Keratoconus – FAQ 1

What Design Should I Use for My Keratoconic Patient?


The design to be selected for a keratoconic patient depends in large part on such factors as how much it has progressed (to include steepening and elevation of the apex of the cone), the size and location of the apex, and his or her past experiences with contact lens wear.

Several tools are available for practitioners today to manage keratoconus, including small-diameter GP lenses (often 8-9mm), intralimbal GP lenses (approximately 11mm), several forms of scleral designs (usually 14-18mm), hybrid lenses, and piggyback combinations.

While a corneal topographer is not mandatory in the fitting of a keratoconus patient, it is very beneficial in both the diagnosis (very likely if the steepest area, or apex, is ≥ 48D) and management of this patient. An anterior segment OCT is very helpful in determining the apical clearance, limbal vault, and lens edge relationship when fitting all forms of scleral lenses.


Today there is a trend away from small-diameter lenses, which can often be displaced and lost. In addition, the resulting lens movement, possible decentration, and less than optimum alignment with an irregular cornea can result in lens awareness. As a rule of thumb, the larger the lens, the more comfortable it will be.

Intralimbal lenses appear to be the most common lens design of choice today; however, notably in the advanced cases, some form of scleral lens is becomingly increasingly popular. The selection of design can be based either on the corneal topography map or simply on whether the patient’s keratoconus is mild (apex is < 50D and absence of to minimal slit lamp signs), moderate (apex is 50-56D with slit lamp signs and possibly mild scarring), or severe (apex is > 56D with slit lamp signs often accompanied by scarring).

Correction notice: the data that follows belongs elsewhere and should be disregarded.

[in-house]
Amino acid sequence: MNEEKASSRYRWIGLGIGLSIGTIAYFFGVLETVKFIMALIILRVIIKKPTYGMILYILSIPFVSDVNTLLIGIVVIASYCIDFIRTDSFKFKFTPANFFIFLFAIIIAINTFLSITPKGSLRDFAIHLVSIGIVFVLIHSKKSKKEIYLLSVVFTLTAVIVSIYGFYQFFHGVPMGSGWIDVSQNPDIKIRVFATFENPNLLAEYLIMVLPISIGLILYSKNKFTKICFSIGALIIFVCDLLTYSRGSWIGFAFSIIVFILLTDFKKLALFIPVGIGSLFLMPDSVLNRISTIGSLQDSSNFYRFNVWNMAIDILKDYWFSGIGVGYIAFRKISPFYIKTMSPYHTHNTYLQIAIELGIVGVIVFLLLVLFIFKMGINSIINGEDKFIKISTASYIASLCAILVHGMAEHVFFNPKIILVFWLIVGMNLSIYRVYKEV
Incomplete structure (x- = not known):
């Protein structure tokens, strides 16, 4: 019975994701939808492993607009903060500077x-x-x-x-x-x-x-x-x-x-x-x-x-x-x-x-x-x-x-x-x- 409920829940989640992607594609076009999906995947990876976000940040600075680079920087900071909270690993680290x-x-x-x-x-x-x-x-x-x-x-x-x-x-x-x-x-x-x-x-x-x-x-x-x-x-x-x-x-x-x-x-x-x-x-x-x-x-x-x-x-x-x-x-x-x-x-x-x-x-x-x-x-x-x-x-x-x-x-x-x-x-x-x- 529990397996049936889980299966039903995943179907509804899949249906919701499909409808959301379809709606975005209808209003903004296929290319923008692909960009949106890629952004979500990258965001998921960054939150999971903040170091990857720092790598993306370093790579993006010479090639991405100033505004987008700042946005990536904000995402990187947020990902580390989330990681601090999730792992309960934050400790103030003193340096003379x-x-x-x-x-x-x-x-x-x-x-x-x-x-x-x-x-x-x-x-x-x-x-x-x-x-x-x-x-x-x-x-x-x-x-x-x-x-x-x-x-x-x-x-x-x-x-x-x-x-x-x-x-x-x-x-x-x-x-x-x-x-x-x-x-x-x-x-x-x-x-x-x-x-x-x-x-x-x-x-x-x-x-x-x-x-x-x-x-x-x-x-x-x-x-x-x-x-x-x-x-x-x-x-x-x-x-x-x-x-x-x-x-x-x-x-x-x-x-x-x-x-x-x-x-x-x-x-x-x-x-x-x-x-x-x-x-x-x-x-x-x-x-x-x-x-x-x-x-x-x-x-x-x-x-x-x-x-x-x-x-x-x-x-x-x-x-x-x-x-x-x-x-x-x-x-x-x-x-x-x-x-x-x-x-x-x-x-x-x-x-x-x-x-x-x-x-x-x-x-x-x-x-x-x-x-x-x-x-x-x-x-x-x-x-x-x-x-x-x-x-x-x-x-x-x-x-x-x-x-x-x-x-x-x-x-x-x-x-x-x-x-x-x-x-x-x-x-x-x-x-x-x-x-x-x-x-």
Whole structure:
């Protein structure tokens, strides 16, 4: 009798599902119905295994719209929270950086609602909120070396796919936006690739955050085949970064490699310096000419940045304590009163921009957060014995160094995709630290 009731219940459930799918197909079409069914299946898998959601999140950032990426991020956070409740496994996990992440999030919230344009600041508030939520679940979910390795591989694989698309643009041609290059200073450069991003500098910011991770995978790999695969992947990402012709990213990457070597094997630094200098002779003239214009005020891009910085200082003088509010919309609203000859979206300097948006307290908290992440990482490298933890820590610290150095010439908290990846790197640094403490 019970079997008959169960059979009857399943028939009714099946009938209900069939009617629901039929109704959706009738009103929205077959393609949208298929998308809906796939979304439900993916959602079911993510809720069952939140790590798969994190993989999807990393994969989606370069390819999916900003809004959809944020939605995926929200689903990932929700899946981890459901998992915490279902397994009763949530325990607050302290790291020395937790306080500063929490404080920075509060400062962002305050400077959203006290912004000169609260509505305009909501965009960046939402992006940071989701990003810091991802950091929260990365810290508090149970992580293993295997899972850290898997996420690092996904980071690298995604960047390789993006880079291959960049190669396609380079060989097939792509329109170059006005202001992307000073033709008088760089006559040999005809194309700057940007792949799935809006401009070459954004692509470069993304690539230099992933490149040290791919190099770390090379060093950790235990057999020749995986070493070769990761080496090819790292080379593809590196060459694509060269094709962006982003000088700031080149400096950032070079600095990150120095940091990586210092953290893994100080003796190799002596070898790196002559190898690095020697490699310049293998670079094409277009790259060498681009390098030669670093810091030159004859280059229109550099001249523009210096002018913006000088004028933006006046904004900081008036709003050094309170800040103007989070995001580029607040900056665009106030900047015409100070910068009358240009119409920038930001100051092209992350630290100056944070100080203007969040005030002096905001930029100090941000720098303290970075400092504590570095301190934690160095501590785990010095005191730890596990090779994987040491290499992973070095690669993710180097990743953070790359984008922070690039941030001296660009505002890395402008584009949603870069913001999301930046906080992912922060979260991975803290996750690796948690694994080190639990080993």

As with any challenging patient, consultation with your laboratory consultant can be invaluable toward the eventual success of your patient. If corneal topography maps and/or photographs or video of the fluorescein pattern of a lens on the eye are available to provide the consultant, that would be valuable as well.

When choosing a new lens for an existing GP lens wearer, unless there are major problems, be slow in making major changes to the lens design. If a patient is successful with a certain lens design, but is having only minor problems, try to improve or fine-tune the current fit as opposed to starting over. Build on the patient’s current success, and try to fix what may be causing the problem.

Analyze the fit of the lens in at least three zones. Evaluate the central area or base curve for heavy bearing or rubbing. Check the intermediate curves for proper lens support and the lens edge for proper clearance.

Severity of Keratoconus

  • Mild keratoconus. Custom soft lenses can be used in some of these cases, as well as small and intralimbal GP designs.
  • Moderate keratoconus. An intralimbal design is often a good starting point with these patients. If good centration and/or comfort is not achieved, a scleral design, hybrid design, or piggyback system can be used.
  • Severe keratoconus. Once again, an intralimbal design can be used initially, but in these cases it is often necessary to go to a larger, more stable and comfortable design. Typically a scleral design will be successful, although hybrid and piggyback modalities are viable options as well.

Corneal Topography

  • Small central (or paracentral) “nipple” cone. This type of pattern is observed in more than 25 percent of keratoconic patients and can often be managed by a small-diameter keratoconic lens design.
  • Mid-sized “oval” cone. This is the most common pattern, which is larger than the nipple cone and may also be more paracentral in location. An intralimbal is often a good design for these cases. If good centration and/or comfort is not achieved, a scleral design, hybrid design, or piggyback system can be used.
  • Large “globus” cone. Although representing less than 10 percent of all keratoconus patients, a larger design (i.e., beginning with intralimbal and, if unsuccessful, using a scleral design) or a hybrid or piggyback combination can be used.
  • Inferior decentered “marginal” cone. As a GP lens will tend to position over the steepest region of the cornea, a small design would be contraindicated in this case. As with oval and globus cones, an intralimbal design can be attempted initially, but one of the other options (i.e., scleral, hybrid, or piggyback) would likely be needed to provide a stable fit and satisfactory vision.

Useful Resources

GP Lens Institute



GP Lens Institute Advisory Committee members: Bruce Anderson OD, Marlane Brown OD, Carmen Castellano OD, Walter Choate OD, S. Barry Eiden OD, John Laurent OD, PhD, Derek Louie, OD, MS, Joe Shovlin OD, Frank Weinstock MD, Bruce Williams OD.